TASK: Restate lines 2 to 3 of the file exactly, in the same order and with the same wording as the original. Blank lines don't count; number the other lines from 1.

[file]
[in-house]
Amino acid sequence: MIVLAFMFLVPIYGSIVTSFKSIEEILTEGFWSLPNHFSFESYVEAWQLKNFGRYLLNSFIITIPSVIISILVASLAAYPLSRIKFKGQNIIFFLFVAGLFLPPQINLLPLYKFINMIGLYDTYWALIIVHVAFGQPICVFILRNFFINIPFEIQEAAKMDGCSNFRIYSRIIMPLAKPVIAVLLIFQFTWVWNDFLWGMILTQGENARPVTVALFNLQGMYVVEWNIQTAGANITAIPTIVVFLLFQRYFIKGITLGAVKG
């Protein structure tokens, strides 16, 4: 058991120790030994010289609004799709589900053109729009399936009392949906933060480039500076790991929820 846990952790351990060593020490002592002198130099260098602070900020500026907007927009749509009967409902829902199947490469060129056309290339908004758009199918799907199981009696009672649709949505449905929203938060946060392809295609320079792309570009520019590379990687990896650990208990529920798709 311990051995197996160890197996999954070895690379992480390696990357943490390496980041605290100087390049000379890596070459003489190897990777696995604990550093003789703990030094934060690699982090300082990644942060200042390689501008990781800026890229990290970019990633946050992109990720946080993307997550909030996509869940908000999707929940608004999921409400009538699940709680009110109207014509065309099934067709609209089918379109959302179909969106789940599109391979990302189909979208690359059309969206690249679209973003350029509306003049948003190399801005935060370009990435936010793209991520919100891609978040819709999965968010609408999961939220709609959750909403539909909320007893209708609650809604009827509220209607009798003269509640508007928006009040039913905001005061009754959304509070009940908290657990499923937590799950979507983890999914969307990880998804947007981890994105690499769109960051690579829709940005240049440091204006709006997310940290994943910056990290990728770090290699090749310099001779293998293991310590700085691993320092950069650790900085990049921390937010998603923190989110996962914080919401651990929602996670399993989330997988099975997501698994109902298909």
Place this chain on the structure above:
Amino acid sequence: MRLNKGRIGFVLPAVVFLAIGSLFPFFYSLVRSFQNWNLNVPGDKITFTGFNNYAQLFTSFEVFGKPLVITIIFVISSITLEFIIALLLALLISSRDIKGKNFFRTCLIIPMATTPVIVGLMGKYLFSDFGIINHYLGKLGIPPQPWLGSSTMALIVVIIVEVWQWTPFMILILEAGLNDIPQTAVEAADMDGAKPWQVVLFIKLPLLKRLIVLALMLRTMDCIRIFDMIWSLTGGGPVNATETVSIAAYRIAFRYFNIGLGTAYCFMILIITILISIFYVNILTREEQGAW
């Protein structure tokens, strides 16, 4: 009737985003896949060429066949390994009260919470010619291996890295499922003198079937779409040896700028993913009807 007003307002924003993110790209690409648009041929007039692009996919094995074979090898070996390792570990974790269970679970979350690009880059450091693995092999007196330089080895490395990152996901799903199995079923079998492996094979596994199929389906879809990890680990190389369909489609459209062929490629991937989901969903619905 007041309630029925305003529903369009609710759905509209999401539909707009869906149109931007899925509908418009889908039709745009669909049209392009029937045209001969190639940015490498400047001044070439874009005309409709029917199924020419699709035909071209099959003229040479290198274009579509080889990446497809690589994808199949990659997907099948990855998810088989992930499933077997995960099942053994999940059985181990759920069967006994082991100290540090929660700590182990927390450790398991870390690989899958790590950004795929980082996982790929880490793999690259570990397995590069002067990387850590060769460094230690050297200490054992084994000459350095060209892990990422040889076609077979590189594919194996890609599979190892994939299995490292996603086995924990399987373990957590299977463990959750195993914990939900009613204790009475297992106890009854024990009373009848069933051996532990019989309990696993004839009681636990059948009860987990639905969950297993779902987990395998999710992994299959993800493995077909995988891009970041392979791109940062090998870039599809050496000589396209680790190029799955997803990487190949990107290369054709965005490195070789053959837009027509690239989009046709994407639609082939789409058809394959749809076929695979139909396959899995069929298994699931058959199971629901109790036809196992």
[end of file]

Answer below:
Amino acid sequence: MIVLAFMFLVPIYGSIVTSFKSIEEILTEGFWSLPNHFSFESYVEAWQLKNFGRYLLNSFIITIPSVIISILVASLAAYPLSRIKFKGQNIIFFLFVAGLFLPPQINLLPLYKFINMIGLYDTYWALIIVHVAFGQPICVFILRNFFINIPFEIQEAAKMDGCSNFRIYSRIIMPLAKPVIAVLLIFQFTWVWNDFLWGMILTQGENARPVTVALFNLQGMYVVEWNIQTAGANITAIPTIVVFLLFQRYFIKGITLGAVKG
């Protein structure tokens, strides 16, 4: 058991120790030994010289609004799709589900053109729009399936009392949906933060480039500076790991929820 846990952790351990060593020490002592002198130099260098602070900020500026907007927009749509009967409902829902199947490469060129056309290339908004758009199918799907199981009696009672649709949505449905929203938060946060392809295609320079792309570009520019590379990687990896650990208990529920798709 311990051995197996160890197996999954070895690379992480390696990357943490390496980041605290100087390049000379890596070459003489190897990777696995604990550093003789703990030094934060690699982090300082990644942060200042390689501008990781800026890229990290970019990633946050992109990720946080993307997550909030996509869940908000999707929940608004999921409400009538699940709680009110109207014509065309099934067709609209089918379109959302179909969106789940599109391979990302189909979208690359059309969206690249679209973003350029509306003049948003190399801005935060370009990435936010793209991520919100891609978040819709999965968010609408999961939220709609959750909403539909909320007893209708609650809604009827509220209607009798003269509640508007928006009040039913905001005061009754959304509070009940908290657990499923937590799950979507983890999914969307990880998804947007981890994105690499769109960051690579829709940005240049440091204006709006997310940290994943910056990290990728770090290699090749310099001779293998293991310590700085691993320092950069650790900085990049921390937010998603923190989110996962914080919401651990929602996670399993989330997988099975997501698994109902298909």